DARPA's Steerable Bullet Can Home in on Targets

Imagine if a sniper bullet could home in on its target like a guided missile. Well, now it can thanks to research being done at the Defense Advanced Research Projects Agency (DARPA). The agency has revealed successful test footage of its Extreme Accuracy Tasked Ordnance (EXACTO) system -- a guided small-caliber bullet that can be directed at a moving target even after firing.

A specialized .50-caliber round combined with optical sighting technology allows for real-time guidance that lets shooters steer a bullet in the air and direct it at a target. The agency said this is a great advantage for soldiers sniping targets in unfavorable conditions as a steerable bullet allows snipers to better compensate for factors such as high winds, low visibility, and of course a moving target trying to avoid being hit. "It is critical that snipers be able to engage targets faster, and with better accuracy, since any shot that doesn't hit a target also risks the safety of troops by indicating their presence and potentially exposing their location," a DARPA statement said.

The live fire demonstration is only the second phase of a project that begin at DARPA in 2008. While the EXACTO system was unveiled in 2014, this latest round included the design, integration, and demonstration of new optical guidance systems, sensors, actuation controls, and power sources.

Footage from DARPA's live-fire test of the EXACTO system:

The latest demonstration, which was done in February, is the agency's most successful to date. An experienced shooter using the technology was able to repeatedly hit moving and evading targets. The EXACTO system also proved effective for novice shooters using the system for the first time to hit a moving target. DARPA hopes to continue to refine and enhance EXACTO's performance in upcoming phases. "Fitting EXACTO's guidance capabilities into a small .50-caliber size is a major breakthrough and opens the door to what could be possible in future guided projectiles across all calibers," DARPA program manager Jerome Dunn said in a press statement.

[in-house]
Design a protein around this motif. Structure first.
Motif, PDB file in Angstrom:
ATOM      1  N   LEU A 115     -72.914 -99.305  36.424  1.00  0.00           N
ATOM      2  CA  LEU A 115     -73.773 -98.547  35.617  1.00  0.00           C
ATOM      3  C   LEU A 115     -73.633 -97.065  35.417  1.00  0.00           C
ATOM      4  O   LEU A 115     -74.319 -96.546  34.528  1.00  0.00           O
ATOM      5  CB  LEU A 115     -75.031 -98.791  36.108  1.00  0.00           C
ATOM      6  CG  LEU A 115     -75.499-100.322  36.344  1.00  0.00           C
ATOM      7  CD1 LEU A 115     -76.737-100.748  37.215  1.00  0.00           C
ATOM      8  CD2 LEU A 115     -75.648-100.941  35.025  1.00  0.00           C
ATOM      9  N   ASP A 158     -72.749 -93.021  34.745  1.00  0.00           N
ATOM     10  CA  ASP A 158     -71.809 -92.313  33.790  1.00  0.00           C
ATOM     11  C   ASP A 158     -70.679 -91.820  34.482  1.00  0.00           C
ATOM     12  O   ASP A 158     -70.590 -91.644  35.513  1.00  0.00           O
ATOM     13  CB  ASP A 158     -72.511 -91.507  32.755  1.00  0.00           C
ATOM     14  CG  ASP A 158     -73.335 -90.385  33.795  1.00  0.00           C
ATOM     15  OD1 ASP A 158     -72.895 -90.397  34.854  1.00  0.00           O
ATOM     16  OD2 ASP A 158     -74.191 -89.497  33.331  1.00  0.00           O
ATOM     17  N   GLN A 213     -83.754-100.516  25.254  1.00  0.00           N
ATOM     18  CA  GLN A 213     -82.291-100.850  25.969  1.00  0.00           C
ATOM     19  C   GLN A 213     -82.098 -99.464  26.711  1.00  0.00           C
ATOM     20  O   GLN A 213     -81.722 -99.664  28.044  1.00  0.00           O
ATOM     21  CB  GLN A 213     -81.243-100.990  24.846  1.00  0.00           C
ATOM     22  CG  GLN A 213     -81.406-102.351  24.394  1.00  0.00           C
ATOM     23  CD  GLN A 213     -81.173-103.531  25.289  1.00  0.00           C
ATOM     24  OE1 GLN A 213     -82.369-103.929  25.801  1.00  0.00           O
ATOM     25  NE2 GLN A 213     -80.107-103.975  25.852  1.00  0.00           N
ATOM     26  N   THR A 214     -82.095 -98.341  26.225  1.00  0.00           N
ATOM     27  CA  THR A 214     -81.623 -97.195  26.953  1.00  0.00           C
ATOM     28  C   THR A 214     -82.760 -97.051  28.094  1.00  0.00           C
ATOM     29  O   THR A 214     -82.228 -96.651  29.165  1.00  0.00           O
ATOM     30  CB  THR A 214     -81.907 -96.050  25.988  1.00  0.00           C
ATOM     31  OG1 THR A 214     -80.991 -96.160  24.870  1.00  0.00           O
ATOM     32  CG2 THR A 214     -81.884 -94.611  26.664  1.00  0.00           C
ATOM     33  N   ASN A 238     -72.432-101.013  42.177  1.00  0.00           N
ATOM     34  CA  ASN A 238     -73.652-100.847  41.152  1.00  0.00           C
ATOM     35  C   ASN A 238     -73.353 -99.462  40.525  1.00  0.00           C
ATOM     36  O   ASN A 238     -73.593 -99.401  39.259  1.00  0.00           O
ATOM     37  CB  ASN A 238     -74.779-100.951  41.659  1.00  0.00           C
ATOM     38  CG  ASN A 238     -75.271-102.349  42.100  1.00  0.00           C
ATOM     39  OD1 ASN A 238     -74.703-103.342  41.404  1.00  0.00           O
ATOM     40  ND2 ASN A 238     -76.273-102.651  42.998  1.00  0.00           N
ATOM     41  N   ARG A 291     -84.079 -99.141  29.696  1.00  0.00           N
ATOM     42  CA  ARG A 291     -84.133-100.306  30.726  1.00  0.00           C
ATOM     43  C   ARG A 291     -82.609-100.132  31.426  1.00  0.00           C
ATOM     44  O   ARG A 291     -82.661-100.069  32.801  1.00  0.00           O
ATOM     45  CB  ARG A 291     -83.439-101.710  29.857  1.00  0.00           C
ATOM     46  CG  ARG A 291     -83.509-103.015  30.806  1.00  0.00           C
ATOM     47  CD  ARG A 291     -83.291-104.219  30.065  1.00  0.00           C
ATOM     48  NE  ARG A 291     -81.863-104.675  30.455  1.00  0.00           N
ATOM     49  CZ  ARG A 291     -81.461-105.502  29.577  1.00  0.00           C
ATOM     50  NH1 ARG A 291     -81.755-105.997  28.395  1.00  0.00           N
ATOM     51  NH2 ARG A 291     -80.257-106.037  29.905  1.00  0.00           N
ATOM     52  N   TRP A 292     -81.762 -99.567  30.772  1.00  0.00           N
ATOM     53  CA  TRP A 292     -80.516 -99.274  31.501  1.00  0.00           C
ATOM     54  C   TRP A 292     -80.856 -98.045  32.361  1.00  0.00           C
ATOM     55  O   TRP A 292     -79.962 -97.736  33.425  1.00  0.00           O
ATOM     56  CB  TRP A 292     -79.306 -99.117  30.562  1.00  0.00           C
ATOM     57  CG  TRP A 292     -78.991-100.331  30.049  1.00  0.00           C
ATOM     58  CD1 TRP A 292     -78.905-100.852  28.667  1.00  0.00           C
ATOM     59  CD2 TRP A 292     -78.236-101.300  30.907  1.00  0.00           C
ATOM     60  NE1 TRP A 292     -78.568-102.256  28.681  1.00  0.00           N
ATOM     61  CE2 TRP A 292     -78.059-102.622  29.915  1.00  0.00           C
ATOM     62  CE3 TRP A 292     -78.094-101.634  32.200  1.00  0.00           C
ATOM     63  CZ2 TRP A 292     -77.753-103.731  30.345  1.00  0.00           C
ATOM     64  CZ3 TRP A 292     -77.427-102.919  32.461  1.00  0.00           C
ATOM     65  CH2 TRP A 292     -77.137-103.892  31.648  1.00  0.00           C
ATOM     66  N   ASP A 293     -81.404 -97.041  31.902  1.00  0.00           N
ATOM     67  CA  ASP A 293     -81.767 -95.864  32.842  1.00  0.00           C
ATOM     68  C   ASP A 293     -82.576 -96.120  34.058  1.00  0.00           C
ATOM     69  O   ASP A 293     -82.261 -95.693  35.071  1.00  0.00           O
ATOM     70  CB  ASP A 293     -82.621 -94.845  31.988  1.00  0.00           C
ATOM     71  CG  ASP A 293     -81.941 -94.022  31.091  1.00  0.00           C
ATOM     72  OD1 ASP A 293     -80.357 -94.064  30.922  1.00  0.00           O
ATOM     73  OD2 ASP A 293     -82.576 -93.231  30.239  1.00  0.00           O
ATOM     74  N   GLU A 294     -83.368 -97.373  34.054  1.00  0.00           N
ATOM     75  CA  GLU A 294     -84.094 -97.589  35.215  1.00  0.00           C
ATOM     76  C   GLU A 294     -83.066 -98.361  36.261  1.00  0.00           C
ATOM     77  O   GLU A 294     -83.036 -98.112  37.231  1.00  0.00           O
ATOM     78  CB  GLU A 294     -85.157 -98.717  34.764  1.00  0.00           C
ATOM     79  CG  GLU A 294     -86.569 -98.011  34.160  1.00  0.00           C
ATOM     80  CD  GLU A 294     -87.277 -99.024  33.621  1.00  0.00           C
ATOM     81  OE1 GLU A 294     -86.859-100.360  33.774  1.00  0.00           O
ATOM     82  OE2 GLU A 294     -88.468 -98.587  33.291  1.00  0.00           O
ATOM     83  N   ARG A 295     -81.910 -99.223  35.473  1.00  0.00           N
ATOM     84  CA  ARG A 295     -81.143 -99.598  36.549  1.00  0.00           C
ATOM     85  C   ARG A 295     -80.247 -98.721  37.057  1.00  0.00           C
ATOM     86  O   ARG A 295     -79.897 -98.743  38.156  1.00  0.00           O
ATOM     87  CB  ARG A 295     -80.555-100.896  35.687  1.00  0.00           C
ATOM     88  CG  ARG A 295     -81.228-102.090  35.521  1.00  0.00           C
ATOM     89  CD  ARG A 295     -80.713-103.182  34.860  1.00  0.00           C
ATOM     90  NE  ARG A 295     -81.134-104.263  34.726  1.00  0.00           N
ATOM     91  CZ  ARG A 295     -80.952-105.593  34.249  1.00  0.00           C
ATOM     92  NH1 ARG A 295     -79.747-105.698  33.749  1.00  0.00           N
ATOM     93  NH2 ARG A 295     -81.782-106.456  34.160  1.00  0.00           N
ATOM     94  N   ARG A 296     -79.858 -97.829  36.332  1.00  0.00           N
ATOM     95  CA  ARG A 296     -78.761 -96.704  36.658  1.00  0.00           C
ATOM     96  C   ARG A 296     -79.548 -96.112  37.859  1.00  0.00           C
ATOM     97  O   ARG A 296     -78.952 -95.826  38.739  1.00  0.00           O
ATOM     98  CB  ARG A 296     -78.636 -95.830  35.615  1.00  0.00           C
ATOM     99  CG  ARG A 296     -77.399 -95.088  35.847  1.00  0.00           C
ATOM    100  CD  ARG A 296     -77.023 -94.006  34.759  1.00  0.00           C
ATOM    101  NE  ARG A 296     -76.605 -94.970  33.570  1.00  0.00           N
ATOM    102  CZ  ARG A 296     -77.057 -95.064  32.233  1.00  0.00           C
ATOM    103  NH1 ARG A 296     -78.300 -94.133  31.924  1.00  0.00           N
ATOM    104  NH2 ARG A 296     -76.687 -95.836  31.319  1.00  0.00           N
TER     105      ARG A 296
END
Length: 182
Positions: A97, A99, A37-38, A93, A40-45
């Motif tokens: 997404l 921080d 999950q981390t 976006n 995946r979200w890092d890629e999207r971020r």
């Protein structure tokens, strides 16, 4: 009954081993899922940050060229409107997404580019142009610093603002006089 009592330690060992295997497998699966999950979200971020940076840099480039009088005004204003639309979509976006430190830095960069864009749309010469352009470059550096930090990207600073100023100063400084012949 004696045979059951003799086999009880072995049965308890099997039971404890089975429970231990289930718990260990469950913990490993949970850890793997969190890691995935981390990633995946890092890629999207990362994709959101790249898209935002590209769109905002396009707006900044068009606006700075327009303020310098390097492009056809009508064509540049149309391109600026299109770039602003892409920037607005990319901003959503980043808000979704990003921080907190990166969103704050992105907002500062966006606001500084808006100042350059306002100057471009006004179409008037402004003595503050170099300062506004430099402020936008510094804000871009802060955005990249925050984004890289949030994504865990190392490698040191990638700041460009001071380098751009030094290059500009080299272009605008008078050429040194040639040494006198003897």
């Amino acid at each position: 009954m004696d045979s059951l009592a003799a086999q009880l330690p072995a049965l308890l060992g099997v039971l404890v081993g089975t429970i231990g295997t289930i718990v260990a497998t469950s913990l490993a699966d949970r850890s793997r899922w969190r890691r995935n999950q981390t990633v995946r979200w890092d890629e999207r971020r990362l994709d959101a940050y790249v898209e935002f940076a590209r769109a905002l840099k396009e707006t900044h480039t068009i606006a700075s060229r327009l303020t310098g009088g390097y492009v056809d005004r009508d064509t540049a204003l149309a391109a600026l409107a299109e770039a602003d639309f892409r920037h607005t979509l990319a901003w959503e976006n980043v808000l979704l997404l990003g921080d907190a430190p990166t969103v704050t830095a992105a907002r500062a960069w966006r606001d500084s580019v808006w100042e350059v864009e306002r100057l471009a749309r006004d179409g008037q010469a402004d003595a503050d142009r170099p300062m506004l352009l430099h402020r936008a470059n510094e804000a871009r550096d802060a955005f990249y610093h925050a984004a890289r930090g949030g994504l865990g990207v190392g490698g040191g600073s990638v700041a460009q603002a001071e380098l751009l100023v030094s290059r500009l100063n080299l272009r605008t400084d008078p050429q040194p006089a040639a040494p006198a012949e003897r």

DARPA declined requests for further comment about the workings of the EXACTO system, but developments done at another organization can provide some hint to how DARPA's system may work.

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In 2012 Sandia National Laboratories, a subsidiary of Lockheed Martin, announced that it had developed a prototype self-guided bullet. Sandia's four-inch-long round contains a guidance and control system coupled with an eight-bit CPU that controls tiny fins connected to electromagnetic actuators. The bullet has a sensor on its tip that can detect and follow a laser, guiding the bullet to its target. The company estimates its bullet could hit a laser-designated target 2,000 meters (about 1.24 miles) away. According to Sandia's patent, computer simulations have shown an unguided bullet under real-world conditions could miss a target more than a half mile (1,000 meters) away by 9.8 yards (9 meters), but a guided bullet would get within 8 inches (0.2 meters).

In a press statement, Red Jones, a researcher at Sandia, said that in order to make the bullet steerable, it had to be able to travel straight and not spin like a typical bullet when fired. He likens the guided bullet more to a dart -- where the fins and the forward-sitting center of gravity keep it from spinning. "Most bullets shot from rifles, which have grooves, or rifling, that cause them to spin so they fly straight, like a long football pass. To enable a bullet to turn in flight toward a target and to simplify the design, the spin had to go," Jones said.

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Since the bullet is small-caliber it doesn't require a costly inertial measuring unit used in guided missiles. "As the bullet flies through the air, it pitches and yaws at a set rate based on its mass and size," Jones said. "In larger guided missiles, the rate of flight-path corrections is relatively slow, so each correction needs to be very precise because fewer corrections are possible during flight. But the natural body frequency of this bullet is about 30 hertz, so we can make corrections 30 times per second. That means we can overcorrect, so we don't have to be as precise each time."

Sandia's tests have show its bullet can travel up to 2,400 feet per second (Mach 2.1) and could possibly reach standard military speeds using customized gunpowder. By comparison a .50 caliber round travels anywhere from 2,800-3,000 feet per second on average.

Sandia declined to comment on any further developments with its self-guided bullet but said it is looking to partner with a private company to bring the bullet to market. The plan is to target military and law enforcement as well as recreational shooters.

High speed footage shows Sandia's prototype bullet in flight.

Chris Wiltz is the Managing Editor of Design News

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